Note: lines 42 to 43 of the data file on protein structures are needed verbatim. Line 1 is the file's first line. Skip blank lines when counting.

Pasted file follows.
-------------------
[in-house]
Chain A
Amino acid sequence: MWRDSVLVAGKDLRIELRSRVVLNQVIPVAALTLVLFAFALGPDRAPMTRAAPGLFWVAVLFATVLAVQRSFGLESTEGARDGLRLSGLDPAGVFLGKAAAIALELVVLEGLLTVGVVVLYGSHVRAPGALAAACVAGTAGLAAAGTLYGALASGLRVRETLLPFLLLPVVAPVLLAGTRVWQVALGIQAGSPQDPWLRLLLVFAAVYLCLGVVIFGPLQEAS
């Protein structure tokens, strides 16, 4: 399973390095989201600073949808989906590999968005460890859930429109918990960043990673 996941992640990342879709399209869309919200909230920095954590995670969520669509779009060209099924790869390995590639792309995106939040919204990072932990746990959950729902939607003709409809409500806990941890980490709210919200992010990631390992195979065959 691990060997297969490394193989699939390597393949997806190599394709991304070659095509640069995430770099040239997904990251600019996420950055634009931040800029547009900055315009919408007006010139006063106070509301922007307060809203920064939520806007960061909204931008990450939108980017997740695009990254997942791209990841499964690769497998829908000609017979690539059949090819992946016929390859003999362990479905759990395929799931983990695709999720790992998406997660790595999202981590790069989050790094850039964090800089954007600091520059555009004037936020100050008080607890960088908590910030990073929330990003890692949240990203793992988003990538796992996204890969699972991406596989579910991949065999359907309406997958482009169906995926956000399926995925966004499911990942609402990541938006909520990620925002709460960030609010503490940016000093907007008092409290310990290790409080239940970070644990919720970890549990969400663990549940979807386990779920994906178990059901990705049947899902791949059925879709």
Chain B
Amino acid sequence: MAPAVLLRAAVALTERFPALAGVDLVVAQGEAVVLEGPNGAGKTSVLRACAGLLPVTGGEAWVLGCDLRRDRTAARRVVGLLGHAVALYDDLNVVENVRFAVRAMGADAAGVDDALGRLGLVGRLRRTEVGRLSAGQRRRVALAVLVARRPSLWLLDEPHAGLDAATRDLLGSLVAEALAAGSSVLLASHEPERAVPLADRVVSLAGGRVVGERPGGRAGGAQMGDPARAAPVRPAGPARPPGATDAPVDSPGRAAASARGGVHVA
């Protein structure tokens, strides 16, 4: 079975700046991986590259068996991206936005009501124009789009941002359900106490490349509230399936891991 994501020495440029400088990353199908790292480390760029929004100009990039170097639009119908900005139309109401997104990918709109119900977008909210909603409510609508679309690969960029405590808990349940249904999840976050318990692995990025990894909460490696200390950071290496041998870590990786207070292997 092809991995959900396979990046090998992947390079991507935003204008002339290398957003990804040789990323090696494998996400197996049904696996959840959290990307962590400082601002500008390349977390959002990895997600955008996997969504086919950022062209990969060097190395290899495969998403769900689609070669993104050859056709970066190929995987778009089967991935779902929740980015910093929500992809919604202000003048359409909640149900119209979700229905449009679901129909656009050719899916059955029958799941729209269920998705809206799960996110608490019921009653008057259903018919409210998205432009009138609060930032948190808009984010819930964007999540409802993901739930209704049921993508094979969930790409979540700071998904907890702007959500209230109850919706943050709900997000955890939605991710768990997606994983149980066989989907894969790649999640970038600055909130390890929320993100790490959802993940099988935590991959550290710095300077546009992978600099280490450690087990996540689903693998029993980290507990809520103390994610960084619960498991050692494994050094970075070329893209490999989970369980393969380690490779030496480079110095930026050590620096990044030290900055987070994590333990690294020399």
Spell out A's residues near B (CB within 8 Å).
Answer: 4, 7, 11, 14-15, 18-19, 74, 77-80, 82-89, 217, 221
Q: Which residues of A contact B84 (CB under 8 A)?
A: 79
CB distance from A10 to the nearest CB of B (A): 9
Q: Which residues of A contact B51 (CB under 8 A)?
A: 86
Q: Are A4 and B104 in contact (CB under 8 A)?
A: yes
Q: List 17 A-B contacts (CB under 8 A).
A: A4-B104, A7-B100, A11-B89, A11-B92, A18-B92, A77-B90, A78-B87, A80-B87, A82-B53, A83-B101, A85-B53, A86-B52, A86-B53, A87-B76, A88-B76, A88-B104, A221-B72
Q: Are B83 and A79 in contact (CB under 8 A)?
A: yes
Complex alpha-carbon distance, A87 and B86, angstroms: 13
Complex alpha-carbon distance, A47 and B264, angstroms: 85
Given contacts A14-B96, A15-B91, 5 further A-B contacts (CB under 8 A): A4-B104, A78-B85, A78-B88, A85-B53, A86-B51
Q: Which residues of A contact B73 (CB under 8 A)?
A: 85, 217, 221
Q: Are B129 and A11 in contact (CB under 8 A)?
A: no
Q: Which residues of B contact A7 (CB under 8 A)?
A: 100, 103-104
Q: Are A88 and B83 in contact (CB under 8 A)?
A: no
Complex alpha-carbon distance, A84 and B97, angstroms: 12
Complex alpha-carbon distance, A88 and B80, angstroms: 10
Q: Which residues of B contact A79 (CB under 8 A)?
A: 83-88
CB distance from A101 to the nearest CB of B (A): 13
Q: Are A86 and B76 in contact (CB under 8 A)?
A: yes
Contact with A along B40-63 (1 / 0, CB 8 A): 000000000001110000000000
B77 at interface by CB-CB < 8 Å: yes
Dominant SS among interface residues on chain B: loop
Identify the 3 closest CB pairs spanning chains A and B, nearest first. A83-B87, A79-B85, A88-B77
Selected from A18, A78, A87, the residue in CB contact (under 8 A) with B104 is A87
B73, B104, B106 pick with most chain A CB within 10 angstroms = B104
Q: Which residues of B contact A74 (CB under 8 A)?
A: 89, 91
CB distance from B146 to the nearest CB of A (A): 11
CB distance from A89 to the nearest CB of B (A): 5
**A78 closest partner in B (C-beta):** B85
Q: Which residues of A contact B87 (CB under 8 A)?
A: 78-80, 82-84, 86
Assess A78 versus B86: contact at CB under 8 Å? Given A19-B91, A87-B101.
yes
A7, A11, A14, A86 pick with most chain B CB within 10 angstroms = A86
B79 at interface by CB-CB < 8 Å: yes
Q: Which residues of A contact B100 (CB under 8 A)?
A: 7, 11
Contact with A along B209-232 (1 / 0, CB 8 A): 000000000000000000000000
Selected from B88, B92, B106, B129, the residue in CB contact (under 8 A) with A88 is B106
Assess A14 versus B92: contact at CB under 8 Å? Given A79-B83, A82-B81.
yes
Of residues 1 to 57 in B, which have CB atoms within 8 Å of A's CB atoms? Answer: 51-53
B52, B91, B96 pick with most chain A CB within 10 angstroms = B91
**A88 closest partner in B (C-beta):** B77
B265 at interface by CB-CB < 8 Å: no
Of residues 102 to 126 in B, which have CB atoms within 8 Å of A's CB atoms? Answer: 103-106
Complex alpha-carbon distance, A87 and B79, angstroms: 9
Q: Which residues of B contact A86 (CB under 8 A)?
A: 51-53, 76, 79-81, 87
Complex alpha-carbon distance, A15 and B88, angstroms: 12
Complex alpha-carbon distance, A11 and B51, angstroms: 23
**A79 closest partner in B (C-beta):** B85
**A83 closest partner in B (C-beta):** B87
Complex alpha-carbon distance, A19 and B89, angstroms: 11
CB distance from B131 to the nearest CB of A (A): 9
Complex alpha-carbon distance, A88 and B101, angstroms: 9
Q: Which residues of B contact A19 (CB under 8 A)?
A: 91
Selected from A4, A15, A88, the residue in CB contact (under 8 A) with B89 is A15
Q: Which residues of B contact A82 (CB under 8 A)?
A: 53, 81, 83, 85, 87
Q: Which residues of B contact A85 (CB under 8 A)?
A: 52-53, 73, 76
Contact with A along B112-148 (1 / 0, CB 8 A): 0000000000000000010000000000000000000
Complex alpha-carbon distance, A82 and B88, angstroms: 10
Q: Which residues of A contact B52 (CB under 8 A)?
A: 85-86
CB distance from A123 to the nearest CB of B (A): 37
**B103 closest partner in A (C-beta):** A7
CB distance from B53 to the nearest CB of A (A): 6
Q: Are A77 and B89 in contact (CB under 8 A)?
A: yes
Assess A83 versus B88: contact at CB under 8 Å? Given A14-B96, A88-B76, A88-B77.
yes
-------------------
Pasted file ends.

Identify the 3 closest CB pairs spanning chains A and B, nearest first. A83-B87, A79-B85, A88-B77
Selected from A18, A78, A87, the residue in CB contact (under 8 A) with B104 is A87